Posted by: Mike Cornelius | July 6, 2014

The Luckiest Man Lives On

It was a 4th of July, in many ways probably not unlike the one we have all just celebrated; but this one was three-quarters of a century ago. Through 75 ensuing summers successive generations of players have taken the field for a countless number of contests at all levels of the Great Game, in ballparks both great and humble. Some have become All-Stars and Hall of Famers. Most are anonymous, their time in baseball known only to family and friends.

The great number lived long and hopefully happy lives after their playing days were done; though more than a few have been taken from us too soon, in ways too often tragic. That mournful count includes one other Yankee captain. But on this holiday weekend we remember that earlier Independence Day, when 61,000 fans filled the old Stadium to overflowing, all there to say goodbye to New York’s first captain, Lou Gehrig.

Seven plus decades is a long time, and the number of fans who can offer a firsthand account of that day is declining. What passes for memory now is the sight of old black and white photographs or grainy video footage; yet even those who are not great fans of baseball have probably seen them at least once. They show the packed house in the South Bronx, bunting hanging from the façade of the Stadium’s upper deck. It had been just two months since Gehrig had told manager Joe McCarthy that he was benching himself, ending his streak of 2,130 consecutive games. Scarcely two weeks had passed since extensive testing at Minnesota’s Mayo Clinic had produced the dread diagnosis of amyotrophic lateral sclerosis, the disease that would come to bear Gehrig’s name. Less than 48 hours after the deadly prognosis was made public, the Yankees announced the Iron Horse’s retirement.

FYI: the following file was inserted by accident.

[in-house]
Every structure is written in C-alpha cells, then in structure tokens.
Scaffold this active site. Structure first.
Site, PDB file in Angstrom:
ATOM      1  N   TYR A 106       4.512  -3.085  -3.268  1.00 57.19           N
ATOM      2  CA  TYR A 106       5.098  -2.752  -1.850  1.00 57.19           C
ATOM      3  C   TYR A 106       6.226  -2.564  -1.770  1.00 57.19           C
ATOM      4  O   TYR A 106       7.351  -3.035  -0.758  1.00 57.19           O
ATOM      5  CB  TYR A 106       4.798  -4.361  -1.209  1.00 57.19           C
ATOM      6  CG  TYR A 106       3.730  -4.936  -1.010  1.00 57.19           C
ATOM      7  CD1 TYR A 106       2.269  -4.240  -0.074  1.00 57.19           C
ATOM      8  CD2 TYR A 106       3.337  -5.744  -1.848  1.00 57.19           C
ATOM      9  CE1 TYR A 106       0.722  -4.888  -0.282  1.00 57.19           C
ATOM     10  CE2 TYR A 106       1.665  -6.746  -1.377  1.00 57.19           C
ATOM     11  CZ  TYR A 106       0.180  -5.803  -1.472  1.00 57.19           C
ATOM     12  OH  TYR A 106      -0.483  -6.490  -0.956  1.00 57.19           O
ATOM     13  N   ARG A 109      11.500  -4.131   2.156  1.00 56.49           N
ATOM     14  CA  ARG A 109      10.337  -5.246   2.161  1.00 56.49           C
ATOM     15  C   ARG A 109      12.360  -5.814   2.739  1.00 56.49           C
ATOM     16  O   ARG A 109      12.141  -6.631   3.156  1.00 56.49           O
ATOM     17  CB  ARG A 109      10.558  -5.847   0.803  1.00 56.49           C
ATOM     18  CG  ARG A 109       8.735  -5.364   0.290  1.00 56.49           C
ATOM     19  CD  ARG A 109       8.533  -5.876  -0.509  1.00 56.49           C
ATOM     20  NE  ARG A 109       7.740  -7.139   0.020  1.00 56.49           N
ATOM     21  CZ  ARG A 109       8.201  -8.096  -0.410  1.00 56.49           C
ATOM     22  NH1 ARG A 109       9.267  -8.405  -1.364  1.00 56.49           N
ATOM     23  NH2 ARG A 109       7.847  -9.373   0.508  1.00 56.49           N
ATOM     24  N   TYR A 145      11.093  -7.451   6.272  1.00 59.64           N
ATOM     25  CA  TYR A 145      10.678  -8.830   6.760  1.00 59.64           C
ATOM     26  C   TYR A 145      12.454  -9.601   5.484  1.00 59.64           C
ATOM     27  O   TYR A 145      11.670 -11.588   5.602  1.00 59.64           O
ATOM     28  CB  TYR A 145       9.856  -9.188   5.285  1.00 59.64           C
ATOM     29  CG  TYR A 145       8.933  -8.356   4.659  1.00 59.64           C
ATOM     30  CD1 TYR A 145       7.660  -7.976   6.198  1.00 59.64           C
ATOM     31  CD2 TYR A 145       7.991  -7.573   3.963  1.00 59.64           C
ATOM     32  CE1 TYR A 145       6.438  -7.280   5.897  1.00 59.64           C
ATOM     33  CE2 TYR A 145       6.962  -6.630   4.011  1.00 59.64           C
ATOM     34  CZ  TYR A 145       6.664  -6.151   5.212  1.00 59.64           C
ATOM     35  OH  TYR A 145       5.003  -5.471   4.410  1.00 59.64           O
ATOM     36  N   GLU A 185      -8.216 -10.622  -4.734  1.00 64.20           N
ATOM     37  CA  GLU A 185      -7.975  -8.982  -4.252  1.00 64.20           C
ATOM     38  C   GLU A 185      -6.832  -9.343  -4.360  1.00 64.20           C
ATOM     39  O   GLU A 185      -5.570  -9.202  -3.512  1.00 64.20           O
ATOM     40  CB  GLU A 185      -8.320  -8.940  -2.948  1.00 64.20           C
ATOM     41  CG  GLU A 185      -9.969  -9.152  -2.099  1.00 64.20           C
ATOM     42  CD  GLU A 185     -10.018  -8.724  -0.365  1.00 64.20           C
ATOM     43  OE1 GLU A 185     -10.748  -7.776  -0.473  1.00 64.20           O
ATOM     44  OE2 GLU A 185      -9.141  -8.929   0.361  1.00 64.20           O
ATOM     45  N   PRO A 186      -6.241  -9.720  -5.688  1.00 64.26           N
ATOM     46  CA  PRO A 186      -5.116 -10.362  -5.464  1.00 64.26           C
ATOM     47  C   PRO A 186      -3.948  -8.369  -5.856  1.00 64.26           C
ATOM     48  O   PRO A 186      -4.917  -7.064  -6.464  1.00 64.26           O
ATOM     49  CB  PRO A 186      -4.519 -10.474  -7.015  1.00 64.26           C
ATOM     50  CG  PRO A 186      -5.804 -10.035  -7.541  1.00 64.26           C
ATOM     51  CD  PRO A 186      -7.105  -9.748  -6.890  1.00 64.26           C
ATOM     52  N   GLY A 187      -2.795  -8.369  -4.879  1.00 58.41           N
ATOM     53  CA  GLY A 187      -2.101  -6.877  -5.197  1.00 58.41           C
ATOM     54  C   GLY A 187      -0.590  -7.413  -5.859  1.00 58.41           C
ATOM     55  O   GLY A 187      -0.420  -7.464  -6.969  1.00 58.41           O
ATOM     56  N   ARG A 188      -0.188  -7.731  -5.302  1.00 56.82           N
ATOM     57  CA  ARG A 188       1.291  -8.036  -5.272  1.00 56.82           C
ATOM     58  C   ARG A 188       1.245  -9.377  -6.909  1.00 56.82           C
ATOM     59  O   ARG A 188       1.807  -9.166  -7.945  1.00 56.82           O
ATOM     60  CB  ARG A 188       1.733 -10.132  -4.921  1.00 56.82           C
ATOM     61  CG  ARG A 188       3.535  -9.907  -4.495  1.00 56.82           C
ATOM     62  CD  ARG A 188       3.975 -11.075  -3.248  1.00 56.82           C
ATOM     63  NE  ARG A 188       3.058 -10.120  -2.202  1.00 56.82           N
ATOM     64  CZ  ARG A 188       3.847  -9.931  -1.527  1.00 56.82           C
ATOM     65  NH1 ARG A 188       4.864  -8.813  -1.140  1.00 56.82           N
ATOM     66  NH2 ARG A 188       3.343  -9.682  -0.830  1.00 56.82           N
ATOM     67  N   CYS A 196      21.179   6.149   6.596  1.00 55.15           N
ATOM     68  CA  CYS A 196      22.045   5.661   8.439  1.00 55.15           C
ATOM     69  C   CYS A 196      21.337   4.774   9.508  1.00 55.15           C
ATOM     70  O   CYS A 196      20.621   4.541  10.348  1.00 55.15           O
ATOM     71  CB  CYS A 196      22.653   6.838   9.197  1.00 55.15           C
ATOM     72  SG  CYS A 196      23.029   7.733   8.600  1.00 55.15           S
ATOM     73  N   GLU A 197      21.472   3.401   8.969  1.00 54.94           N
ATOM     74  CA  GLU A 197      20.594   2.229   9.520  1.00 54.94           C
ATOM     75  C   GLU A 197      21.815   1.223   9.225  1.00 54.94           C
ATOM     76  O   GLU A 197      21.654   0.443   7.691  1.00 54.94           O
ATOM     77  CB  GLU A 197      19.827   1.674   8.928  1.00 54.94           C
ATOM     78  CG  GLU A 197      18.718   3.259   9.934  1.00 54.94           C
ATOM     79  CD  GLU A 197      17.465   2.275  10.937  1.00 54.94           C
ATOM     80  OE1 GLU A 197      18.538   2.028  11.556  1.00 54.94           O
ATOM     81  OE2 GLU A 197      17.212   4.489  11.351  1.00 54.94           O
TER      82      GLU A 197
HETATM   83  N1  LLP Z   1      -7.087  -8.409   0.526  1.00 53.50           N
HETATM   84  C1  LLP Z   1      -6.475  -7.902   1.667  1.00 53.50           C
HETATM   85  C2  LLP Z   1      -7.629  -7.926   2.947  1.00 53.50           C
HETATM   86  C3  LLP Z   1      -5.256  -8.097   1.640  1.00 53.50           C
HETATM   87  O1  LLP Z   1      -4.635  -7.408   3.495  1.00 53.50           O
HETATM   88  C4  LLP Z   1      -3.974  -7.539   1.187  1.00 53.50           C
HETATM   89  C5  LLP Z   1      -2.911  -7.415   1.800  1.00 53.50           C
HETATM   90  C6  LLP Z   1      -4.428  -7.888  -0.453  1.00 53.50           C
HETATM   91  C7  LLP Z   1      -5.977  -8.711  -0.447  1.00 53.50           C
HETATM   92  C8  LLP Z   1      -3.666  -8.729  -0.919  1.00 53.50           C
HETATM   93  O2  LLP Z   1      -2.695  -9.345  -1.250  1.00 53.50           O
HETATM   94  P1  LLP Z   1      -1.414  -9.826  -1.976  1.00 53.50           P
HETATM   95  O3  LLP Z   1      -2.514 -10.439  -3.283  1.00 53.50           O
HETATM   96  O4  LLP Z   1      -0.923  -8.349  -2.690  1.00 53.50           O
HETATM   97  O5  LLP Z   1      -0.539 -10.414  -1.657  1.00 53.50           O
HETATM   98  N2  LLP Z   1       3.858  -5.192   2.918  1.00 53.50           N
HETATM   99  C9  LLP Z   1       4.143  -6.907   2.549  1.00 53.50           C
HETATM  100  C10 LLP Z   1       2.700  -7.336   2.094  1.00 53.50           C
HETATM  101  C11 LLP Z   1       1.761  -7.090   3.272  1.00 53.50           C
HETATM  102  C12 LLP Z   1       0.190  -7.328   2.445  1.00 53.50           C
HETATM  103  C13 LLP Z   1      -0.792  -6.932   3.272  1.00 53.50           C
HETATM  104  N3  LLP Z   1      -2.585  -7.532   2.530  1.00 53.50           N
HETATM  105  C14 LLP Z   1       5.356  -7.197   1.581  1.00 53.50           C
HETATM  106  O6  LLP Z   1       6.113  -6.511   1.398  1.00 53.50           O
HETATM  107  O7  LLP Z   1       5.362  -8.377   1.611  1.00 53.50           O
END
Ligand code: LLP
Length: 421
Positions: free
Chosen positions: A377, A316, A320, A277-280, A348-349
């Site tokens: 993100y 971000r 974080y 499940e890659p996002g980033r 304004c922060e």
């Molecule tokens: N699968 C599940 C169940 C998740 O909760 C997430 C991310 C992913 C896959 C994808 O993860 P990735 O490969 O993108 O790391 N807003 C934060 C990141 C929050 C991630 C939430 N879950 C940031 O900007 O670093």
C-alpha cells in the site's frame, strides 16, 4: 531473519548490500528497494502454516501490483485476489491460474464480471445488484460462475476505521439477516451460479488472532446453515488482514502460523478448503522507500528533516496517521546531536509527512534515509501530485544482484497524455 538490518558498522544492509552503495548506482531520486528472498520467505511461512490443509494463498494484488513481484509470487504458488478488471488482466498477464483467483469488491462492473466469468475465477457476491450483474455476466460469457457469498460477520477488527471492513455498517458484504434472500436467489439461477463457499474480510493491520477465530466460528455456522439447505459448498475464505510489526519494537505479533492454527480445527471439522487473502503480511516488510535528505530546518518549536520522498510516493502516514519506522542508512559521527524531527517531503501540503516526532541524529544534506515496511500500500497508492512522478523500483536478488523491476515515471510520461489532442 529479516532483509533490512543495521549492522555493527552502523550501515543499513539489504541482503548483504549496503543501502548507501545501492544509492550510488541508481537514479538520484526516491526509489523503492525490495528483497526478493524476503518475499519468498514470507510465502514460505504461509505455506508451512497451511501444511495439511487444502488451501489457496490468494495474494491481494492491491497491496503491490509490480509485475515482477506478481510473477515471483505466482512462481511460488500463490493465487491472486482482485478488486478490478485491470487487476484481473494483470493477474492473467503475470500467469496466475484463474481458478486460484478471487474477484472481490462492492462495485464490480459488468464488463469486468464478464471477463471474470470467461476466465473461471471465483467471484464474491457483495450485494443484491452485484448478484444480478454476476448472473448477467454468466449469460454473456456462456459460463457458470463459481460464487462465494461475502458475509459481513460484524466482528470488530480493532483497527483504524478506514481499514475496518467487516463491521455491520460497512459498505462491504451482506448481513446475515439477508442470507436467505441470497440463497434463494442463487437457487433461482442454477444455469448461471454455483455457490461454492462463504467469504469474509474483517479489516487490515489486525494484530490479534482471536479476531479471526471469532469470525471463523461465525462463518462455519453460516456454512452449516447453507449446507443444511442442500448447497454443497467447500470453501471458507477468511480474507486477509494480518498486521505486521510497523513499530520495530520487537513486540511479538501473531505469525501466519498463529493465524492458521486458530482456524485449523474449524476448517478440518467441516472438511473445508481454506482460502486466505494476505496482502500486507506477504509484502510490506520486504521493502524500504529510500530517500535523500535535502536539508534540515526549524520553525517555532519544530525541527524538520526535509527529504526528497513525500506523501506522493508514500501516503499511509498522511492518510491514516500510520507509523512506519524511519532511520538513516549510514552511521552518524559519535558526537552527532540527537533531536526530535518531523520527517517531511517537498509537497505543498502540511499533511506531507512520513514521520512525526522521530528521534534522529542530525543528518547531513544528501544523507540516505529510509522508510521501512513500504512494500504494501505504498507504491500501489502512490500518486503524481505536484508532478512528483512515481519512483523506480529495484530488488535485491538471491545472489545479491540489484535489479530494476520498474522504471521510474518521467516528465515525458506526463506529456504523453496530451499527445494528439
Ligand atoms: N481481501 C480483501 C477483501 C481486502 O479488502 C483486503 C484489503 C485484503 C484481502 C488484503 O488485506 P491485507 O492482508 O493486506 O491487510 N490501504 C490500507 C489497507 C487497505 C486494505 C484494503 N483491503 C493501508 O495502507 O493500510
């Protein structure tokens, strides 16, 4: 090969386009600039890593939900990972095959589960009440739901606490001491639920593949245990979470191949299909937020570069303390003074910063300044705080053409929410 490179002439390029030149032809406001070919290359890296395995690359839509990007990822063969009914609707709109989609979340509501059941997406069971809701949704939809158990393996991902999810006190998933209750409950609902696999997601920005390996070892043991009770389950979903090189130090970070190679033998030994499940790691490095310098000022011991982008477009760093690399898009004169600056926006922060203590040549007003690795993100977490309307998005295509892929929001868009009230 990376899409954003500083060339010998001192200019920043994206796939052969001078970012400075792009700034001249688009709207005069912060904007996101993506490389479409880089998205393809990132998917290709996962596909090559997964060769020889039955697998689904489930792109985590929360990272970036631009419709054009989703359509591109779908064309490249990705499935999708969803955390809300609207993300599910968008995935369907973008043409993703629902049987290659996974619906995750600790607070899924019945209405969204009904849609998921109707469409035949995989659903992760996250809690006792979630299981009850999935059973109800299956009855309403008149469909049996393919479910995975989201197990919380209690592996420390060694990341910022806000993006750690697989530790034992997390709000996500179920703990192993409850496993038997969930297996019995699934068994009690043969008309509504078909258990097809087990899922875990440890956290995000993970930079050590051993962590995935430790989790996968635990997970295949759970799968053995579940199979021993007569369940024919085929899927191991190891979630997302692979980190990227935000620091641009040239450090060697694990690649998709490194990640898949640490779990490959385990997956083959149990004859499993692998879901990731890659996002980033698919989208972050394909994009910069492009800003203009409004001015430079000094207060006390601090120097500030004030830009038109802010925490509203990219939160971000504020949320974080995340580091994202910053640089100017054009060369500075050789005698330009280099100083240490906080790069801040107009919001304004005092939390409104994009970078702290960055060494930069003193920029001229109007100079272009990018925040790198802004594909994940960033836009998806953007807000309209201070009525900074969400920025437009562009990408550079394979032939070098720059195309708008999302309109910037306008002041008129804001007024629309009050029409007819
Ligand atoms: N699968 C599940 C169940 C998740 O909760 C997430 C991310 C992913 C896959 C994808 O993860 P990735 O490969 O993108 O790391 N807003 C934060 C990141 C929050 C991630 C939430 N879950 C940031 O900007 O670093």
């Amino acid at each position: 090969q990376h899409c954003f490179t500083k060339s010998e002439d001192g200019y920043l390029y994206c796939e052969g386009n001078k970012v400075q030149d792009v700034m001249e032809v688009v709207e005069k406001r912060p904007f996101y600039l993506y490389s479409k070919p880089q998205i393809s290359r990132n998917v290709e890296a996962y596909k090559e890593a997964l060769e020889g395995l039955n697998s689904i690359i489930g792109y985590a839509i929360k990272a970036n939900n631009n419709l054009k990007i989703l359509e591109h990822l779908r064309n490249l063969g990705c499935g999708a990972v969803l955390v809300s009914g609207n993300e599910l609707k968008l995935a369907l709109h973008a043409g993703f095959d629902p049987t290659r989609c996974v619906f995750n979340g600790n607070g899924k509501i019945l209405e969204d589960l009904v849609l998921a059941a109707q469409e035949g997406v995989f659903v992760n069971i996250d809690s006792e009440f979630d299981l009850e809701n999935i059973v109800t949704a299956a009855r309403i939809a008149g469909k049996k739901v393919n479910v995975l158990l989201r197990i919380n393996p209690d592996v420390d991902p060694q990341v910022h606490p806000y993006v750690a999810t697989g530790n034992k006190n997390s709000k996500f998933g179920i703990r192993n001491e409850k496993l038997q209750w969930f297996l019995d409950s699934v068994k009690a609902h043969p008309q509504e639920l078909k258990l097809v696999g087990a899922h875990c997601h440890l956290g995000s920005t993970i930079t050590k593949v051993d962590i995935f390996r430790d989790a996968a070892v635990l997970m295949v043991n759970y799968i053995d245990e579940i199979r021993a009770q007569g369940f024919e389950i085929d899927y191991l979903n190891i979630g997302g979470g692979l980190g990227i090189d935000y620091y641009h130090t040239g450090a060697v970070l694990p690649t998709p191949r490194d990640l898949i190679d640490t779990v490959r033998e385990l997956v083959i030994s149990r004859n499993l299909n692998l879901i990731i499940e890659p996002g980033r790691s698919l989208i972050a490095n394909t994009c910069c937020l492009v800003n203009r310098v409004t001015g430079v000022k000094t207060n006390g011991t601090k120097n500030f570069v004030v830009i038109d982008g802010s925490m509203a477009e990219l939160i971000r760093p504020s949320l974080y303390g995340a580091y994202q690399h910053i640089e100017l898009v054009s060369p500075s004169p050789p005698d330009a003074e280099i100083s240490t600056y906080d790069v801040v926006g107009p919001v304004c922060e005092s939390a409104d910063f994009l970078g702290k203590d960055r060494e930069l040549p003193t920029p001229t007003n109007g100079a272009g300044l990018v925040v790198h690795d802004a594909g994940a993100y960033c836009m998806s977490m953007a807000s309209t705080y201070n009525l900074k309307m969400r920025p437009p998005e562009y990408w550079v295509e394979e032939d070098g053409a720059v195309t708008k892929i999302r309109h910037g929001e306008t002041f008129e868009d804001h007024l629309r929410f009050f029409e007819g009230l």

Between games of the July 4th doubleheader against Washington, the Yankees and their fans honored their stricken leader. There were the players lined up on the field, joined by members of the 1927 Murder’s Row squad including the Babe. Team officials and dignitaries including Mayor La Guardia and Postmaster General Farley extolled Gehrig and presented him with gifts.

Yet close observers of the old record can see the toll which the steadily progressing ALS had already taken. The number 4 jersey, about to become the first number to be retired by any of the Great Game’s franchises, hangs baggily on suddenly stooped shoulders. Gehrig quickly sets a trophy handed him by manager McCarthy on the ground, his arms no longer strong enough to carry the award.

Overcome with emotion, Gehrig at first declined to speak. But as chants of “We want Lou!” echoed down from all three decks, McCarthy gently pushed him to the microphone. Everyone knows the immortal sound bite with which Gehrig began his remarks. But his speech is far more than its opening two sentences, and it lives on today as American oratory that transcends its speaker’s sport.